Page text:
A 2015 report shows that millennials are buying homes at a higher rate than any other age group. The ones who will be the most stress-free in those homes will take five steps to ease the transition.
- Millennials Begin Shift from Renting to Buying
- Step #1 – 20-Percent Down Payment
- Step #2 – Expecting the Unexpected
- Step #3 – Balancing Frugality with Foresight
- Step #4 – Credit Cleanup
- Step #5 – Forward Motion
Millennials Begin Shift from Renting to Buying
There is a nasty rumor going around that millennials are perpetually unsure about their current location and so are unlikely to want to buy their own homes. However, according to 2015 data from the National Association of Realtors, that’s not the case. In fact, millennials (78 million people born in the 80s and 90s) are the largest segment of homebuyers currently, representing 32% of that population. What’s more, they make up a full 68% of the people who are buying a house for the first time. Real estate experts expect those numbers to continue to rise after the release of a TD Bank survey that shows almost half of millennial men and women say that they want to become homeowners by 2017.
Both of these market research reports go against the common perception “that they don’t want to buy homes, that they’re the renter generation,” explains NAR survey chief Jessica Lautz. That’s the right view on this age bracket, she says. In fact, “[millennials] are the most optimistic that their home purchase is a good investment.”
Millennials are also the top group in terms of willingness to take on the challenge of a fixer-upper. Houzz released data this summer showing that 62% of millennial homeowners have renovated their houses.
Houzz researcher Nino Sitchinava says the renovations are high among these young adults because they are making a new home their own and are more comfortable with doing some of the work themselves to cut costs.
Boston attorney Dennis Delaney notes that buying is wise for anyone who thinks that they are likely to stay in the same location for the foreseeable future. In addition to building your equity, there’s another value to homeownership: stability. “Having a home base or an anchor in your life is good to ground you,” he says.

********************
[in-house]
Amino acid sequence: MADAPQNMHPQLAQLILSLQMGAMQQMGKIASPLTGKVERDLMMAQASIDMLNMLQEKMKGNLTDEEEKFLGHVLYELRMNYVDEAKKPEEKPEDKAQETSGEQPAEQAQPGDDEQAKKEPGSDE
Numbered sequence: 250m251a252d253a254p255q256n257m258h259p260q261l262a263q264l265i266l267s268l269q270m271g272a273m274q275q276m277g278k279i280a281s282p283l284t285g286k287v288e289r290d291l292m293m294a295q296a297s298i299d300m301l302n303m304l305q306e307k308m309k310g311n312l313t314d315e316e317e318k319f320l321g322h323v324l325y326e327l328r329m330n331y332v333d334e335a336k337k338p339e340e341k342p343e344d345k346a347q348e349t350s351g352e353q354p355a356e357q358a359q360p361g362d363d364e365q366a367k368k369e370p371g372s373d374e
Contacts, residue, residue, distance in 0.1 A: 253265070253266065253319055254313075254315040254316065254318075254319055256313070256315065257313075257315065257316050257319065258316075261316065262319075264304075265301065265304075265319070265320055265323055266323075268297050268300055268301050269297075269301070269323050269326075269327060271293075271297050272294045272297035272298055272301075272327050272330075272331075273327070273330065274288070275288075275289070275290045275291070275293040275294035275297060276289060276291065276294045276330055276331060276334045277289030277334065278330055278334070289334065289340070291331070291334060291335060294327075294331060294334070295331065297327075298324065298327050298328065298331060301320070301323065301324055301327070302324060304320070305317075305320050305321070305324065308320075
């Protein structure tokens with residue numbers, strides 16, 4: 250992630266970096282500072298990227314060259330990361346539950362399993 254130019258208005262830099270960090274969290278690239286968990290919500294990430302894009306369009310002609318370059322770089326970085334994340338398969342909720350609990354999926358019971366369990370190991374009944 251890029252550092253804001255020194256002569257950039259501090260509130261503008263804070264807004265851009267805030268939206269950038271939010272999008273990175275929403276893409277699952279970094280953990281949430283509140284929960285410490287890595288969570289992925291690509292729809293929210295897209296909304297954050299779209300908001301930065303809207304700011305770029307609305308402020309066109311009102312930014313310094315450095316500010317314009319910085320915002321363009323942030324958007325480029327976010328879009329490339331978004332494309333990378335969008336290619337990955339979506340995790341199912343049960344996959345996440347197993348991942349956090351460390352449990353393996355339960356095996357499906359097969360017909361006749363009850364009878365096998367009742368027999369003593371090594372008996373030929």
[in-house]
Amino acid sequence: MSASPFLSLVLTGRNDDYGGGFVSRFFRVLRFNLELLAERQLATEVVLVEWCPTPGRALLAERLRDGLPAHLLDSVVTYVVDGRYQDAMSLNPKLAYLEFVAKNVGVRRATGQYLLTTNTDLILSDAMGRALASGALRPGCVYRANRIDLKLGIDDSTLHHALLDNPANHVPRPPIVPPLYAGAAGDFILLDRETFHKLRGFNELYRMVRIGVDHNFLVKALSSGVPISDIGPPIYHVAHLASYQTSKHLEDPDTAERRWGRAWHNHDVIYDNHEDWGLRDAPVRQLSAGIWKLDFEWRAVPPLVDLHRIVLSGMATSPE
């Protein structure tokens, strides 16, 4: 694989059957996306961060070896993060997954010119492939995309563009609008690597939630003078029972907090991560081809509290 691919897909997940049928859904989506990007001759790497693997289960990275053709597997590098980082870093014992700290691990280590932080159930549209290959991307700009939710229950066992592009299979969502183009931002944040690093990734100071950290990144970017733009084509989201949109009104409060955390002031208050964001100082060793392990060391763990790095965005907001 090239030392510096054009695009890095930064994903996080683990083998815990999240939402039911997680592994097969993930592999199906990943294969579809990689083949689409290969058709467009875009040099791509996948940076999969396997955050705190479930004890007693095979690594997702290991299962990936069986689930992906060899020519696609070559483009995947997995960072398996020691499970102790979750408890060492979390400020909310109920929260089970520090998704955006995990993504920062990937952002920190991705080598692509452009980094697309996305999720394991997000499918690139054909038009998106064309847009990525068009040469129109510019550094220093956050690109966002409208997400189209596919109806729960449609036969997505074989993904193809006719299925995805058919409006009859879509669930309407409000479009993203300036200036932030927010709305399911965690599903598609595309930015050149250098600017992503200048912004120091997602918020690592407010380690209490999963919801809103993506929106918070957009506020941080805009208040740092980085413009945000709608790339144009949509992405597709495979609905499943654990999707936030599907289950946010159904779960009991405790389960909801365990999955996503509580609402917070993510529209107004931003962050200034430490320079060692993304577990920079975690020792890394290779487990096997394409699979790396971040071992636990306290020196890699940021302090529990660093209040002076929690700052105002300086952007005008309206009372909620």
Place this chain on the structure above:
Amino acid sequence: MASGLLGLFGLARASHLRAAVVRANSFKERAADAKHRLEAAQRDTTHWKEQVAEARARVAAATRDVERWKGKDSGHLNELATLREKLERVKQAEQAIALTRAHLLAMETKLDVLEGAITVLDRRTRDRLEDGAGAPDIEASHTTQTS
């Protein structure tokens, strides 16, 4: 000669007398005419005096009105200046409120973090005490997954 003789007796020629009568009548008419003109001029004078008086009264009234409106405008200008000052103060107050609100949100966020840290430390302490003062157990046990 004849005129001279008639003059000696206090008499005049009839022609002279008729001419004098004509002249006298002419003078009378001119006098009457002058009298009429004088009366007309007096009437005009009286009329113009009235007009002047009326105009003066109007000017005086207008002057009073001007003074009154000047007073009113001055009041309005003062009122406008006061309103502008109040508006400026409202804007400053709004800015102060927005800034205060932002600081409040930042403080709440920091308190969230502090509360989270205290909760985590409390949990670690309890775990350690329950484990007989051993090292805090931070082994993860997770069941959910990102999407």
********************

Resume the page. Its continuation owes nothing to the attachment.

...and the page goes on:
Here are five steps that the wisest millennials are taking as they prepare to go out and purchase their first homes:
Step #1 – 20-Percent Down Payment
Financial analyst Andrew McFadden of Fresno, California, says it’s always a good idea to put down a fifth of the home’s cost upfront. That way if the market turns and the appraisal of your house starts declining, you won’t end up in an upside-down mortgage. A higher down-payment also means that your monthly payments drops.
Step #2 – Expecting the Unexpected
While the phrase expect the unexpected may sound like something from a self-help guru or college football coach, it’s actually from the ancient Greek philosopher Heraclitus. In other words, it’s timeless knowledge, and it’s highly relevant to homeownership.
Just as you want a cushion with the value of your house, you also want a cushion for repairing roof leaks and replacing major appliances. McFadden says that it’s a good idea to set aside 10-20% of the cost of your house for continuing, annual home-related expenses: the mortgage, property taxes, homeowner’s insurance, utilities, and repairs.
Step #3 – Balancing Frugality with Foresight
There’s a fine line between being careful not to overspend on your house and choosing a property that won’t make sense for you in five years, explains Milwaukee financial planner Tim Steffen – and that’s especially true for younger adults. “At the beginning stages of your career, you’re probably at your lowest earning point, and your income will continue to rise,” he says.
Obviously you have to be careful to hit the sweet spot, where you aren’t overextending yourself but also aren’t putting yourself in a position where you will want to sell the house before you’ve establish much equity.
Step #4 – Credit Cleanup
You can get yourself additional buying power and (more importantly) a better home loan rate by improving your credit score. One thing you want to do even if you are in the early stages of homebuying is to order a copy of your credit report today. The reason you want to do that right away is because you want to check that everything on it is accurate rather than running into a problem later, potentially creating a stressful snag.
Don’t think it’s likely? Unfortunately, it’s actually common. A 2013 study from the Federal Trade Commission found that 1 in 4 Americans have at least one error on their credit reports.
Step #5 – Forward Motion
Buying a home is a major life decision, so it’s no wonder so many young adults feel unsure about buying. However, at some point, you have to take action if you want to reap the rewards of owning your own place, says Wisconsin-based financial planner Brandon Marcott.
Marcott personally felt uncertain when he initially became a homeowner, but now he is sure he made the right decision – especially because he knows he has a fixed housing payment that a landlord can’t raise. “This is by far my favorite benefit,” he says.
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